Ah, oui. Paris, je t'aime!

Saturday, July 28, 2012

Paris Was A Woman

I finished the final chapters of Paris Was A Woman by Andrea Weiss. Here are the stories of the female friends and lovers, writers and artists, booksellers and editors, poets, photographers and philanthropists of Paris in the 1920s and '30s.

So much has been written about the men of expatriate Paris, it was a pleasure to read what the women were doing: Gertrude Stein, Janet Flanner, Sylvia Beach, Colette, and Djuna Barnes. Many others' stories are told as well. I got some of the women confused as they all seemed to know each other and shared their lives, if not their beds, at one time or another.

The photos and excerpts from letters are worth the price of the book. The prose is a bit slow going, like I said I got the players confused sometimes, but learning of the contributions the women made to the art of the time is fascinating.

Of course it all came to an end with the occupation of Paris by the Germans in 1940. Some of the women did stay or at least moved to the French countryside, but most of them left before the Germans entered Paris.

Janet Flanner

The work I most want to get to know further is by journalist Janet Flanner who wrote under the name Genêt for The New Yorker magazine. A collection of her columns is published as Paris Was Yesterday (1929-1934) and three volumes entitled Paris Journal (1944-1955, 1956-1964,  and 1965-1970.). She writes of the arts, fashion, politics and people, the scandals and celebrities of Paris. She is known for her insight and wit.

Friday, July 27, 2012

Swording it up in Paris

I am so surprised at how fun it is reading The Three Musketeers. There are many more stolen kisses, lost letters, intrigues, adventures and witty writing than I ever would have expected. And everyone is so polite...even when one is getting ready to stab another in a duel.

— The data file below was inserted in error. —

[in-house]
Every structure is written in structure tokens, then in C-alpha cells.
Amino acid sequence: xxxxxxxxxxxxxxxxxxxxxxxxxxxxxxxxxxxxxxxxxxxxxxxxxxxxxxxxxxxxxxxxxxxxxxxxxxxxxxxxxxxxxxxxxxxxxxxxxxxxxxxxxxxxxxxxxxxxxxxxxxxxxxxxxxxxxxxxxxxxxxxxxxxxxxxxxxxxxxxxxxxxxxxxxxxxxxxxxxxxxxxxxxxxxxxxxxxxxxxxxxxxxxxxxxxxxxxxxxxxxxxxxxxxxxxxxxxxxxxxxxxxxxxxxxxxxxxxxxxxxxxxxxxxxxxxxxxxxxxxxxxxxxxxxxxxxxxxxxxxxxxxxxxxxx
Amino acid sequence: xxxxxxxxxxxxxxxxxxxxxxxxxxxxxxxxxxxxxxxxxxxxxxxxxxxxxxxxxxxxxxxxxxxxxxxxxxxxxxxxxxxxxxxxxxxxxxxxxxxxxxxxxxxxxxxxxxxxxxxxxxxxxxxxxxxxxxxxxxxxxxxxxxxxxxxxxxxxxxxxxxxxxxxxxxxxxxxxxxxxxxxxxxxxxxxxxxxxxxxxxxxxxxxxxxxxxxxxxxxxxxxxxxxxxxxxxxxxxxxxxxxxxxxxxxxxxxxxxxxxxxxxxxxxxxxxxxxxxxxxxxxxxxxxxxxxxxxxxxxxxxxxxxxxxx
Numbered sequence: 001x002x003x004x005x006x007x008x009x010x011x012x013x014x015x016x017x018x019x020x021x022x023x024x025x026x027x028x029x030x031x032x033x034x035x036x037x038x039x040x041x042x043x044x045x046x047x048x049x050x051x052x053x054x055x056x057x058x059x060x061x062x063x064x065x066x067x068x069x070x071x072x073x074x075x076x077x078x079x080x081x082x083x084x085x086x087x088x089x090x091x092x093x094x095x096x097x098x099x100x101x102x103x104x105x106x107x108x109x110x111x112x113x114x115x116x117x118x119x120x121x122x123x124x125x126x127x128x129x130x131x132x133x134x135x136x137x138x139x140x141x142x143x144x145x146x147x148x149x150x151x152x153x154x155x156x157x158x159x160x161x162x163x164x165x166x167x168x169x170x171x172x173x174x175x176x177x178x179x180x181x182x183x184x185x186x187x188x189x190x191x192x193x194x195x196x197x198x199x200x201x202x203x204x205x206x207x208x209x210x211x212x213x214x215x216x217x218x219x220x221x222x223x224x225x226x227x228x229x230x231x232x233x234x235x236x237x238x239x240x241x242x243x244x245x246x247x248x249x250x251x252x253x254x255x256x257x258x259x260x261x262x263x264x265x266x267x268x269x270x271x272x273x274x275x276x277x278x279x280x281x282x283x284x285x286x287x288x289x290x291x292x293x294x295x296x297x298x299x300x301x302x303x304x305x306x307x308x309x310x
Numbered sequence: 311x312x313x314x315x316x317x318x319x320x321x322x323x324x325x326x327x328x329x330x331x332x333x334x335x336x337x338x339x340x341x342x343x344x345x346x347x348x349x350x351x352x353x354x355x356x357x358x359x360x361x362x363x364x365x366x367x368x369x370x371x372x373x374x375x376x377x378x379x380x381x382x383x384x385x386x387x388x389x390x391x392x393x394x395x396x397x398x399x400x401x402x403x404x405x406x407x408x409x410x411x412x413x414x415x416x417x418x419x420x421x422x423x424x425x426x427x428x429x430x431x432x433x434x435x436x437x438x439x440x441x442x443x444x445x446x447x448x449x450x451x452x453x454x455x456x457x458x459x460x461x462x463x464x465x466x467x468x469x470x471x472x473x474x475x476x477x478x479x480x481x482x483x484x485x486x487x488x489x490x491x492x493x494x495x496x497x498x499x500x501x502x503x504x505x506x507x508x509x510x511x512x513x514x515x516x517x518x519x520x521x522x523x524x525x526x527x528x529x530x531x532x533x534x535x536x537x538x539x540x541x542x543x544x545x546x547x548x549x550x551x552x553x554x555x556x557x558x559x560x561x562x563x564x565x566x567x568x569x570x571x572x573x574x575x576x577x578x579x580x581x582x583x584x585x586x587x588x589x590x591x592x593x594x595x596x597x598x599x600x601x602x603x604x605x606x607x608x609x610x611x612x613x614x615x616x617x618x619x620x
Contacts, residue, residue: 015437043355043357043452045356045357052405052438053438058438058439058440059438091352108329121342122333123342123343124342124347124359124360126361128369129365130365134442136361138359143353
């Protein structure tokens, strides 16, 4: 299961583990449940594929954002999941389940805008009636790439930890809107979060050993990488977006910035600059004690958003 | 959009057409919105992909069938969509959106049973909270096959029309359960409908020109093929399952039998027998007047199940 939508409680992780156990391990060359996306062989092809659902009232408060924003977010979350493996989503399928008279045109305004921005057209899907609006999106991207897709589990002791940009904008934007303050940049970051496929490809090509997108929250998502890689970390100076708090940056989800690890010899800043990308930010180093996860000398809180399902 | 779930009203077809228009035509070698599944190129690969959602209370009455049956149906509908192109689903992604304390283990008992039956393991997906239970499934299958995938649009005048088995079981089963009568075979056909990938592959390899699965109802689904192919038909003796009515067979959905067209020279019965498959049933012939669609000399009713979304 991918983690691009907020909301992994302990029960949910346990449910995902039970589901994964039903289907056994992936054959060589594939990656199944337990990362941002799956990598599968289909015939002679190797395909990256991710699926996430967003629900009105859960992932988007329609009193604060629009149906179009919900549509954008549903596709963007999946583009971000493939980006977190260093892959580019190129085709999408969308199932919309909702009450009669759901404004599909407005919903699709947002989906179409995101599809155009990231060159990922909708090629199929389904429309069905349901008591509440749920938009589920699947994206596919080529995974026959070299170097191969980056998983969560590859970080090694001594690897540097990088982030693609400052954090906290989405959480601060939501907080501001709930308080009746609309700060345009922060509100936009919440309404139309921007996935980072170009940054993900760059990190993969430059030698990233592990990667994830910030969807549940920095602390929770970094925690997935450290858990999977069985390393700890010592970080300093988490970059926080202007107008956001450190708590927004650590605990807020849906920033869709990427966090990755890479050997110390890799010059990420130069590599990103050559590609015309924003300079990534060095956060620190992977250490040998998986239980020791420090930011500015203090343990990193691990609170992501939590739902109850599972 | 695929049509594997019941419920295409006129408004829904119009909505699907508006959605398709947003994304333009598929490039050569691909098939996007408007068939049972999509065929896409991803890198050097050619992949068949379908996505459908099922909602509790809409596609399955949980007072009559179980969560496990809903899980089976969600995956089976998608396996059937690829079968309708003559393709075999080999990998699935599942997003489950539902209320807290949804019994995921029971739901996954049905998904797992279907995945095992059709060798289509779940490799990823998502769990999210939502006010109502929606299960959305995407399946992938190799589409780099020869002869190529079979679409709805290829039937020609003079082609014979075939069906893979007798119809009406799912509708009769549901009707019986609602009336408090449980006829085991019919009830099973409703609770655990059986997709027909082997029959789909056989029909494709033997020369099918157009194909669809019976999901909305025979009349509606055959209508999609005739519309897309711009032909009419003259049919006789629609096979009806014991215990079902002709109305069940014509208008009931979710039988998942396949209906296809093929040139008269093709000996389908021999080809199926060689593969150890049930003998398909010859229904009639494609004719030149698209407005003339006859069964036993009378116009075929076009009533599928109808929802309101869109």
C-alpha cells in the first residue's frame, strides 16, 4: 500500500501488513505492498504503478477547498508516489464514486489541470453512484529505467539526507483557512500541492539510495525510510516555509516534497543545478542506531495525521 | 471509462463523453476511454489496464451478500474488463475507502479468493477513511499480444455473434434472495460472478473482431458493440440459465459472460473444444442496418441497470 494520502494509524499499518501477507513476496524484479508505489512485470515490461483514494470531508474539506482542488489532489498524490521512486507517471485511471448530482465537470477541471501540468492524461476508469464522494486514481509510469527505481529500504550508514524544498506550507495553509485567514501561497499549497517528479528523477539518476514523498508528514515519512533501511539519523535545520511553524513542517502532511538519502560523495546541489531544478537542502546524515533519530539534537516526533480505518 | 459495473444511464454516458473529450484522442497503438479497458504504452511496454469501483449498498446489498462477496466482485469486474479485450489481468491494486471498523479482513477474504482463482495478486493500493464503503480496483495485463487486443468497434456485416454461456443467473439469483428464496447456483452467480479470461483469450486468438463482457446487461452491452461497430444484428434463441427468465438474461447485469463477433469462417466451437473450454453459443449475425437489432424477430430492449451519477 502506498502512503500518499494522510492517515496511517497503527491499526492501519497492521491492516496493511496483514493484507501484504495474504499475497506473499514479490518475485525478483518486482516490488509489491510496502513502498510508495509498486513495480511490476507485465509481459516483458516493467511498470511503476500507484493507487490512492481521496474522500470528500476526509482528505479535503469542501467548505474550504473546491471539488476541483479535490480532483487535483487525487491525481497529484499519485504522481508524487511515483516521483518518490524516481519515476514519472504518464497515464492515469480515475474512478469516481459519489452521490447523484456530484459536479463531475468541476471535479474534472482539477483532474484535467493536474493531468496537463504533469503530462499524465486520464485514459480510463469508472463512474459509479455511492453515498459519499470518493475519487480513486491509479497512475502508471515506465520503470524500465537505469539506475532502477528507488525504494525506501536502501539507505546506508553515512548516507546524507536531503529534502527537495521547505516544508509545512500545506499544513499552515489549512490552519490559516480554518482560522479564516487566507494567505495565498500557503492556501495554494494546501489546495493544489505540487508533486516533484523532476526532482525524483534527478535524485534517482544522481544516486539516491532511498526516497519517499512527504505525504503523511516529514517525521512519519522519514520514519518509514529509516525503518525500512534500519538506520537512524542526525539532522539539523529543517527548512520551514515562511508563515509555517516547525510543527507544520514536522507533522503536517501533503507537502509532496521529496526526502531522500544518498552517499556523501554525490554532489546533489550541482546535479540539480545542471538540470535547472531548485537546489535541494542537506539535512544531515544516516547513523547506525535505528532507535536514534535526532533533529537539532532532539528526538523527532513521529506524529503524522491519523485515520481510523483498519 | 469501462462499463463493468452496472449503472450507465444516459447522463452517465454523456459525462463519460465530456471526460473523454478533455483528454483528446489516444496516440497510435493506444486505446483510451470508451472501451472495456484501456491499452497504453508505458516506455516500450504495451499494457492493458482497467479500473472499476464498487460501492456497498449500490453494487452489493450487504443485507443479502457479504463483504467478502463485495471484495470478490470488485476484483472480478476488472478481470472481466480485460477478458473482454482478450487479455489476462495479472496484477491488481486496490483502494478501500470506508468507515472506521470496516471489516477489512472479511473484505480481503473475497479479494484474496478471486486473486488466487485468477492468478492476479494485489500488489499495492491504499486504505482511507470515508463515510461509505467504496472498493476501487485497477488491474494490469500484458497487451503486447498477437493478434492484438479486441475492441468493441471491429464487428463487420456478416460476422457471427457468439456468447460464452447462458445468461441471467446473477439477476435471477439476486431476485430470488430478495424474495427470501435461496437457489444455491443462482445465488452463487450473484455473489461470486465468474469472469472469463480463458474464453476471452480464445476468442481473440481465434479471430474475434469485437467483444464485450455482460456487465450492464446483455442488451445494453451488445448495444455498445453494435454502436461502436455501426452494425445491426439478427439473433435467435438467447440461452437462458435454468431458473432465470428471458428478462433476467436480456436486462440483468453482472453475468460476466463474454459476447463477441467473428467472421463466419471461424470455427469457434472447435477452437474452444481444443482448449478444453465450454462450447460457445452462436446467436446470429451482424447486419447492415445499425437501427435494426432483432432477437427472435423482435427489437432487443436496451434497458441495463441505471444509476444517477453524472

And although many of the Paris streets mentioned are gone, there are still plenty les rues and landmarks to keep the reader grounded in the city.

I can see why movie makers are so attracted to the story.

I love Michael York at D'Artagnan in the 1973 film version and think the casting of the others in that movie is just about perfect. There has never been a better Cardinal Richelieu than Charlton Heston. Luckily, fans were treated to a sequel in 1974.

Michael York as D'Artagnan

I looked at the cast of the movie made in 1993 with Chris O'Donnell as D'Artagnan. This one is by Disney and features Keifer Sutherland and Charlie Sheen - neither of whom is a favorite of mine. I watched it long ago, but now am curious to watch it again just to see how the story is handled.

Chris O'Donnell as D'Artagnan

Then there is the 2011 version with Matthew Macfadyen (he of MI-5 fame) as Athos. This version is much more visual (it was filmed in 3-D) but alas I watched in on my laptop so missed much of the impact. But it was still pretty spectacular.

Matthew Macfadyen as Athos

Do you have a favorite?

Thursday, July 26, 2012

In Monet's Garden